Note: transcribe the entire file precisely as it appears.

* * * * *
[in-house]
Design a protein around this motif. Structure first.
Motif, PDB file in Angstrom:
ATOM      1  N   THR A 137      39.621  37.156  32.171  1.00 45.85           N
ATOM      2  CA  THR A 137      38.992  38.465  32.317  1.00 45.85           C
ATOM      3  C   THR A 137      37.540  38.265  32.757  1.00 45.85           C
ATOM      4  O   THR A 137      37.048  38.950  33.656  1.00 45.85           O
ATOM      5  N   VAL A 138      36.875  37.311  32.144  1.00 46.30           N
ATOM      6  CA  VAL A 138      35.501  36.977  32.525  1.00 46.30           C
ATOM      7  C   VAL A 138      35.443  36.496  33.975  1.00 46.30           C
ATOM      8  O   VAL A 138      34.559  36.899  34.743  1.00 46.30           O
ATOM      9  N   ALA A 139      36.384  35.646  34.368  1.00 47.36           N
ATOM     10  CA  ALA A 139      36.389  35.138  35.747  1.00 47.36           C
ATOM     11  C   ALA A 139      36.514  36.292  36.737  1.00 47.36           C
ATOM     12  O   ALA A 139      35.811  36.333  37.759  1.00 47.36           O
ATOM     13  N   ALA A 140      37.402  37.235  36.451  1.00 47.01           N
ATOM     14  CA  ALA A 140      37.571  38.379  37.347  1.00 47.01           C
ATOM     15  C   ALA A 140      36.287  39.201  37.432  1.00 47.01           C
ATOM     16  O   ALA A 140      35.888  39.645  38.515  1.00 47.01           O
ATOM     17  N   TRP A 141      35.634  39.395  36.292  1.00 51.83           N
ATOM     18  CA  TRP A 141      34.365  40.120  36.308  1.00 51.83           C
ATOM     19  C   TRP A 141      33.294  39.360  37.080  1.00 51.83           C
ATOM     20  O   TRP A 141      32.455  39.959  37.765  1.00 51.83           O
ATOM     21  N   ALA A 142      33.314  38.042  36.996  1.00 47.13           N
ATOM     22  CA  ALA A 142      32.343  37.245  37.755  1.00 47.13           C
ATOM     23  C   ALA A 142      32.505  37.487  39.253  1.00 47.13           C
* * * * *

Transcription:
[in-house]
Design a protein around this motif. Structure first.
Motif, PDB file in Angstrom:
ATOM      1  N   THR A 137      39.621  37.156  32.171  1.00 45.85           N
ATOM      2  CA  THR A 137      38.992  38.465  32.317  1.00 45.85           C
ATOM      3  C   THR A 137      37.540  38.265  32.757  1.00 45.85           C
ATOM      4  O   THR A 137      37.048  38.950  33.656  1.00 45.85           O
ATOM      5  N   VAL A 138      36.875  37.311  32.144  1.00 46.30           N
ATOM      6  CA  VAL A 138      35.501  36.977  32.525  1.00 46.30           C
ATOM      7  C   VAL A 138      35.443  36.496  33.975  1.00 46.30           C
ATOM      8  O   VAL A 138      34.559  36.899  34.743  1.00 46.30           O
ATOM      9  N   ALA A 139      36.384  35.646  34.368  1.00 47.36           N
ATOM     10  CA  ALA A 139      36.389  35.138  35.747  1.00 47.36           C
ATOM     11  C   ALA A 139      36.514  36.292  36.737  1.00 47.36           C
ATOM     12  O   ALA A 139      35.811  36.333  37.759  1.00 47.36           O
ATOM     13  N   ALA A 140      37.402  37.235  36.451  1.00 47.01           N
ATOM     14  CA  ALA A 140      37.571  38.379  37.347  1.00 47.01           C
ATOM     15  C   ALA A 140      36.287  39.201  37.432  1.00 47.01           C
ATOM     16  O   ALA A 140      35.888  39.645  38.515  1.00 47.01           O
ATOM     17  N   TRP A 141      35.634  39.395  36.292  1.00 51.83           N
ATOM     18  CA  TRP A 141      34.365  40.120  36.308  1.00 51.83           C
ATOM     19  C   TRP A 141      33.294  39.360  37.080  1.00 51.83           C
ATOM     20  O   TRP A 141      32.455  39.959  37.765  1.00 51.83           O
ATOM     21  N   ALA A 142      33.314  38.042  36.996  1.00 47.13           N
ATOM     22  CA  ALA A 142      32.343  37.245  37.755  1.00 47.13           C
ATOM     23  C   ALA A 142      32.505  37.487  39.253  1.00 47.13           C